The natural beauty of Canterbury and the surrounding area provides many opportunities to enjoy outdoor activities. The miles of river frontage along the Merrimack provide a great number of recreational options. The proximity to routes 93, 89 and 4 provides access to the north, south, east or west making it easy to get around our State.
Canterbury has many small, home based businesses. In addition, many of the residents work in Concord .
Town residents formed an LLC to purchase and preserve the Store and Post Office in the Town center, a great little stop, adding to the quaint feel to the town and the sense of community.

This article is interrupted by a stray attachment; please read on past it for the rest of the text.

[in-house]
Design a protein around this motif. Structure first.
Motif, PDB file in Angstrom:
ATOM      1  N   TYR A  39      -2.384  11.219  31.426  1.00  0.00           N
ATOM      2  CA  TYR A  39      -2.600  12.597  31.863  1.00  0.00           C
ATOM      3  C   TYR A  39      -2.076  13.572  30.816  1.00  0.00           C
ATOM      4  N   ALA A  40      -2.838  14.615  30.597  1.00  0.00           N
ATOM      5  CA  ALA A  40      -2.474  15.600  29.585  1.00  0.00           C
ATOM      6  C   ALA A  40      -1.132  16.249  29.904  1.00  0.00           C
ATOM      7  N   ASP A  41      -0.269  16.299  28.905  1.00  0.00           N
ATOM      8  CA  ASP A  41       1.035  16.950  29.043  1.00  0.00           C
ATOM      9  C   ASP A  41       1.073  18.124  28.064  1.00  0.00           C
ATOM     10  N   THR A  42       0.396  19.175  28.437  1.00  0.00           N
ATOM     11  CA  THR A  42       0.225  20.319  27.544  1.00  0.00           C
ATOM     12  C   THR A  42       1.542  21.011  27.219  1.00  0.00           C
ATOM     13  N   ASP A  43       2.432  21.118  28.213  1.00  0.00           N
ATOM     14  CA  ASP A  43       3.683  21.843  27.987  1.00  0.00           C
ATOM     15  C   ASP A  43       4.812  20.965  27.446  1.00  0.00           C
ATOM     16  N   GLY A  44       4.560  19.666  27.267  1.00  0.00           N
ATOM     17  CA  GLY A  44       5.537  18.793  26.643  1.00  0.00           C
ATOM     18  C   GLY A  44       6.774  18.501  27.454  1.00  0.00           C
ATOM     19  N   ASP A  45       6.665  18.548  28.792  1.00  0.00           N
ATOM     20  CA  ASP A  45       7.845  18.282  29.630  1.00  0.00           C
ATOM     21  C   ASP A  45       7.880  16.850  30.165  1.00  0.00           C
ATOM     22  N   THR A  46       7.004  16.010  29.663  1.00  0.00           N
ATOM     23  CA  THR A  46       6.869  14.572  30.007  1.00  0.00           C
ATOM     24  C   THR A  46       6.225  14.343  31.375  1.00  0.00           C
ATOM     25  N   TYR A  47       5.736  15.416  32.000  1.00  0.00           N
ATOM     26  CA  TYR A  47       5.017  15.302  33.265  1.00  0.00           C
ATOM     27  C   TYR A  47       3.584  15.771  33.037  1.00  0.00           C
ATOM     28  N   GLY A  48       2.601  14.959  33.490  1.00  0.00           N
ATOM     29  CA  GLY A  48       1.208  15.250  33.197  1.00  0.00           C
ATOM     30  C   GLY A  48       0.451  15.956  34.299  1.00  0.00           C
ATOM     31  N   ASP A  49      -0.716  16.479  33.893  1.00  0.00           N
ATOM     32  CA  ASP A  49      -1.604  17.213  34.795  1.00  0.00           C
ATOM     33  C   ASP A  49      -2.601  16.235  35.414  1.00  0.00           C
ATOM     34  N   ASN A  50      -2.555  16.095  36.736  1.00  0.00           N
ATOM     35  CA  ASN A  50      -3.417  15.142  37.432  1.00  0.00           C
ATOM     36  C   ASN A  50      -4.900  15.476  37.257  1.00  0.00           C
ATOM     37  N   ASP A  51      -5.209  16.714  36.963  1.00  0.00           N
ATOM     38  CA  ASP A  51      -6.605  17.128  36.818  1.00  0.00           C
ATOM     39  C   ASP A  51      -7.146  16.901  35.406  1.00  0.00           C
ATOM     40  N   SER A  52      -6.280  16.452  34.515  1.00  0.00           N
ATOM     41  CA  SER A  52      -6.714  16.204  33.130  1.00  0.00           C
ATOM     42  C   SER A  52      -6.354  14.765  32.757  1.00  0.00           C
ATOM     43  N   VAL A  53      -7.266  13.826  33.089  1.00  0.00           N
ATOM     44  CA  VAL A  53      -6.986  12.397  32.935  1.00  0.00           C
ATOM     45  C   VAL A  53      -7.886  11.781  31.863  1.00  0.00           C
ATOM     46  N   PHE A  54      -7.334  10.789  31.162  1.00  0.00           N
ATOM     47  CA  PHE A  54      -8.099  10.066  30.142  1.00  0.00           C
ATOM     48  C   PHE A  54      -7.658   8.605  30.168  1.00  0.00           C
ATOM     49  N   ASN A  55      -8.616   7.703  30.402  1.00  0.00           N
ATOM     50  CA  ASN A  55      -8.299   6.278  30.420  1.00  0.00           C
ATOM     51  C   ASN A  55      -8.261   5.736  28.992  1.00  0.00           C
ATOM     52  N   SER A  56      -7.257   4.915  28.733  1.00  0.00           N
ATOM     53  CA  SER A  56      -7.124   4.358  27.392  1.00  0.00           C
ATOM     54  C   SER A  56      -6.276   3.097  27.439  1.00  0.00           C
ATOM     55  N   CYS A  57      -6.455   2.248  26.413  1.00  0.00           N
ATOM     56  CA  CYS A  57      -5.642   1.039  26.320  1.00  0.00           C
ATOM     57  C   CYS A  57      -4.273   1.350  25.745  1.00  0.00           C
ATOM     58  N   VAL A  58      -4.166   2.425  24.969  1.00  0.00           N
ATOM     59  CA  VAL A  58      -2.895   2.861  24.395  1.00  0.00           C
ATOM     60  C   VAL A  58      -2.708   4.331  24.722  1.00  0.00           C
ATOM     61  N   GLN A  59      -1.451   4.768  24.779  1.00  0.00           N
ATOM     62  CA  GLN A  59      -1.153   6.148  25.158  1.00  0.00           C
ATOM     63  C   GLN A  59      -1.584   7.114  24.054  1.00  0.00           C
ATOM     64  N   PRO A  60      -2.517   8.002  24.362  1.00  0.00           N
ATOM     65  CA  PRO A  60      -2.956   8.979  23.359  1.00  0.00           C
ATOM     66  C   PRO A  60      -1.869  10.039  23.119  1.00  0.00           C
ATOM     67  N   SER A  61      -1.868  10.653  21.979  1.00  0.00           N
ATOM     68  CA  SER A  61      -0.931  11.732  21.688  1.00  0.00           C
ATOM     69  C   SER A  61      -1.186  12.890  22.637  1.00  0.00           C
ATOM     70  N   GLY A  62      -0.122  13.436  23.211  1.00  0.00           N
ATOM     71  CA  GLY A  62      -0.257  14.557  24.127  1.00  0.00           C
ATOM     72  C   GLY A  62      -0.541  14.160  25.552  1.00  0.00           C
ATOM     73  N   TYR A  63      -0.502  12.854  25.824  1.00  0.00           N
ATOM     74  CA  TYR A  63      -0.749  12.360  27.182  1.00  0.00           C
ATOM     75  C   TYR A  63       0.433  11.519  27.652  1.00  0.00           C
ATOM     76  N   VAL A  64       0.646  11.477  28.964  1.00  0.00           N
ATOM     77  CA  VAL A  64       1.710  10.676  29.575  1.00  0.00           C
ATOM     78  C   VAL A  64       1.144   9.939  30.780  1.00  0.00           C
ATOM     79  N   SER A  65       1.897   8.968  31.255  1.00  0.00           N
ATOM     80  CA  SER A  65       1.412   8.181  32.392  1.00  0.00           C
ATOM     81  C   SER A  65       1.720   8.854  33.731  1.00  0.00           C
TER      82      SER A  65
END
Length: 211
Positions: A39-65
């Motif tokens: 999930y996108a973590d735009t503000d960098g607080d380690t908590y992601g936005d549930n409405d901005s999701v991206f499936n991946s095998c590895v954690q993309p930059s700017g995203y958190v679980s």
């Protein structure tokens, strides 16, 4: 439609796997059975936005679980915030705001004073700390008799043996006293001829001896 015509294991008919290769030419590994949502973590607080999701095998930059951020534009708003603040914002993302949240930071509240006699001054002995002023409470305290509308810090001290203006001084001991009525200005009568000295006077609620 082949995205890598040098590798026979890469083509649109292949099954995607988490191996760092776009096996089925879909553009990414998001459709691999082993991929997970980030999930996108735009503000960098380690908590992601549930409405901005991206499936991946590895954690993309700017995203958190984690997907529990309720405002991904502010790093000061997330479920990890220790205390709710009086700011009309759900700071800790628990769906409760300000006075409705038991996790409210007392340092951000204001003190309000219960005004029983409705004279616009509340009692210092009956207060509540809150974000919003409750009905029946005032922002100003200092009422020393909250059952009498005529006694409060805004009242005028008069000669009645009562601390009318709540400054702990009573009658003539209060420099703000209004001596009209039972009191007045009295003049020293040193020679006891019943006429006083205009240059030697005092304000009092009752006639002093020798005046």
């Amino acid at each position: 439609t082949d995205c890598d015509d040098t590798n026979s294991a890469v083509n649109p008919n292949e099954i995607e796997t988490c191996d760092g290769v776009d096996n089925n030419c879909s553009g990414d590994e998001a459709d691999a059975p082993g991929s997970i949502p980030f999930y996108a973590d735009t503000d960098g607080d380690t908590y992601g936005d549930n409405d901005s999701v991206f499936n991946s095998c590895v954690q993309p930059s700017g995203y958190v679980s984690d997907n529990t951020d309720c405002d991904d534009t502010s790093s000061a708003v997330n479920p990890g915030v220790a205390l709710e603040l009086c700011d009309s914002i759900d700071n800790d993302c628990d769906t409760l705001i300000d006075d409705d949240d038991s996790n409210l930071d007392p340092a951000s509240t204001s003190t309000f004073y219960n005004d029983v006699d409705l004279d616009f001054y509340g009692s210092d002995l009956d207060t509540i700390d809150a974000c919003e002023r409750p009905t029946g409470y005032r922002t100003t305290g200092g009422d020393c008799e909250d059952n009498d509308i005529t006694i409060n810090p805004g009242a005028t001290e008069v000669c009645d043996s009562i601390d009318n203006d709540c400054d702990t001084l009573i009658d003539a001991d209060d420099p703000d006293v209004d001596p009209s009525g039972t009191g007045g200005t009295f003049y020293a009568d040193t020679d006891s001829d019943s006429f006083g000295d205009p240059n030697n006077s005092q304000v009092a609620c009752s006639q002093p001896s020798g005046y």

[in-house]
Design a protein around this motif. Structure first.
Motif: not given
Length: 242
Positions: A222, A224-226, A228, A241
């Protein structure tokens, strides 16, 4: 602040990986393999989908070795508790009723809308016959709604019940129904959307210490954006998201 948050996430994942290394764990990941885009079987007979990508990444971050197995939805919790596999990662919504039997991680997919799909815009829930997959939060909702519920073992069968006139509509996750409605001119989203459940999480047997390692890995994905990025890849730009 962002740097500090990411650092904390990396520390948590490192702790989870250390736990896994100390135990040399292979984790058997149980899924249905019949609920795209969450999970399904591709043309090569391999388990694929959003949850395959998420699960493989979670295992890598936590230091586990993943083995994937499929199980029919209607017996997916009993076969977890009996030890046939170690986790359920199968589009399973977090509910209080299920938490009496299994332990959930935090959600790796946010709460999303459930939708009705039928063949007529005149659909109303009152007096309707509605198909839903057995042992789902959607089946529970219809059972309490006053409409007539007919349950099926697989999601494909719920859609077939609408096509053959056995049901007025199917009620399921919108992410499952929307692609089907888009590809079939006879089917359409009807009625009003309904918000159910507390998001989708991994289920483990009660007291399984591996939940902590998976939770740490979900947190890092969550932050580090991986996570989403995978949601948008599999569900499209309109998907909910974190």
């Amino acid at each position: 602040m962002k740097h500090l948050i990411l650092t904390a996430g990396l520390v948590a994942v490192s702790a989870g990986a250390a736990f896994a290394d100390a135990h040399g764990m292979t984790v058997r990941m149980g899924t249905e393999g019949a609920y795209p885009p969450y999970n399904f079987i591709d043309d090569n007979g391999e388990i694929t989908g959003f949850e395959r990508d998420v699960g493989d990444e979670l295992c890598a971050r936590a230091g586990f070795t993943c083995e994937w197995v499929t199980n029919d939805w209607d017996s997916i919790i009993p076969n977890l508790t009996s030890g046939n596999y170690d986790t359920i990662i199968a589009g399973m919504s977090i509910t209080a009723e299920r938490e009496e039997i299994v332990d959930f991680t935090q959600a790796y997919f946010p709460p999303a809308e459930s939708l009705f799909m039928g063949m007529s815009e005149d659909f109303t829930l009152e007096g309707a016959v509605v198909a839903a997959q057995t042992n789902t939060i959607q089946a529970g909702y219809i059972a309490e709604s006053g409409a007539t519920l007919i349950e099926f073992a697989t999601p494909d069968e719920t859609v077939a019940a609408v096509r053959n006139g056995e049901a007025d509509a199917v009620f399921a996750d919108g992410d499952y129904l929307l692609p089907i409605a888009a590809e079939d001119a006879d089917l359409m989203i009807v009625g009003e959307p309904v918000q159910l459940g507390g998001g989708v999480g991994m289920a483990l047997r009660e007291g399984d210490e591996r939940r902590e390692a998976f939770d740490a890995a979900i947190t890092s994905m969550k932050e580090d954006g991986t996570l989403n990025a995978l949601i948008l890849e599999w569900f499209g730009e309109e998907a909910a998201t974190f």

The biggest attraction in Canterbury is the Shaker Village, established in 1792. At its peak in the 1850s, over 300 people lived, worked and worshiped in 100 buildings on 4,000 acres (16 km2). They made their living by farming, selling seeds, herbs and herbal medicines; and by manufacturing textiles, pails, brooms and other products. The last resident, Sister Ethel Hudson, died in 1992, and the site is now a museum, founded in 1969, to preserve the heritage of the utopian sect. Canterbury Shaker Village is an internationally known, non-profit historic site with 25 original Shaker buildings, 4 reconstructed Shaker buildings and 694 acres (2.81 km2) of forest, fields, gardens and mill ponds under permanent conservation easement. It has been designated a National Historic Landmark for its architectural integrity and significance.